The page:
I would like to share a story from my most recent trip to Kolkata.  A little back story is that during my last year of graduate school I interned at a place called Wellspring Living and did counseling with girls who had been sexually exploited or abused.  This was also the reason for going to India, to work with girls who have been victims of this as well.  Prior to my leaving, I discussed with the girls at Wellspring about my trip to India and what I would be doing while I was there.  At the girls request, they decided to make things for the girls at the home I would be visiting in Kolkata.  This, in itself, was touching because these girls can often have a one track mind about their own situation or road to recovery, as well as being typical teenage girls at times.  I was so proud of their maturity and concern for girls half way across the world who had been through similar things.  The aftercare home we went to was similar to Wellspring, in that the girls receive schooling, counseling, and overall care in the home after they have been rescued. I was able to give the girls the items that had been made for them, in addition to being able to read a card aloud to them about how even though they didn’t know each other, the girls understood the pain, were going through the same thing, and there was hope.  A few of the girls were crying and it was such an amazing experience.  The girls were so appreciative and told me to tell the girls in Atlanta that they loved them and wanted to keep in touch.  It was a privilege for me to be able to connect the issue both domestically and internationally as it links my passions for the cause as well.  They asked me questions about Wellspring and it was nice to be able to share some of my knowledge with them about what I do and why I love it.  The girls at the home had been working on a quilt all day and before we left they told us they would like us to take it back home and give it to the girls at Wellspring as a thank you.  Even without my involvement, this story solidifies the importance of missions for me and the reality that we are all human and desiring of being known and understood.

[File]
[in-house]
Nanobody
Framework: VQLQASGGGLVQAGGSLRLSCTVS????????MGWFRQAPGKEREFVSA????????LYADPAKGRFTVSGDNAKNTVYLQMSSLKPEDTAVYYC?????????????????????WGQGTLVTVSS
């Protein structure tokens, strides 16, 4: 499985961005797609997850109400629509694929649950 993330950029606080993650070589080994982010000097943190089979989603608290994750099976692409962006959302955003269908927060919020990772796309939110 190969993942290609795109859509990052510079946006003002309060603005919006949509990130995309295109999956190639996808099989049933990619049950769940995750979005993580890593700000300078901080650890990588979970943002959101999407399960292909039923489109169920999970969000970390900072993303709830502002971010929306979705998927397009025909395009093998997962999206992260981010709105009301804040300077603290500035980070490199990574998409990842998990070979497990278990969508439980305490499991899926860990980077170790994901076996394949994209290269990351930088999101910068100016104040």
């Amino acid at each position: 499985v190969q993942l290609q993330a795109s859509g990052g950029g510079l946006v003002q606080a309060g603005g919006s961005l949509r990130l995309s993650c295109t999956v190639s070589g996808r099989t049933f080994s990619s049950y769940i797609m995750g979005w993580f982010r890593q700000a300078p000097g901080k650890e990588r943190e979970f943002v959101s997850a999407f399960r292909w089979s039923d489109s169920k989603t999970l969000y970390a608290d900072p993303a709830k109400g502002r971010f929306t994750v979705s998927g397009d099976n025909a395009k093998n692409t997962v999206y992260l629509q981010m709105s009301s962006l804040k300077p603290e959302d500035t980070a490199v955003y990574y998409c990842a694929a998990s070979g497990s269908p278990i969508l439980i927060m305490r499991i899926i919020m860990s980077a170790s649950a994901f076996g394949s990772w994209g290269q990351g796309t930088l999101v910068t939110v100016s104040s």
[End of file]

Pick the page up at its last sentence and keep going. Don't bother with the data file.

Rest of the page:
With fellow IJM people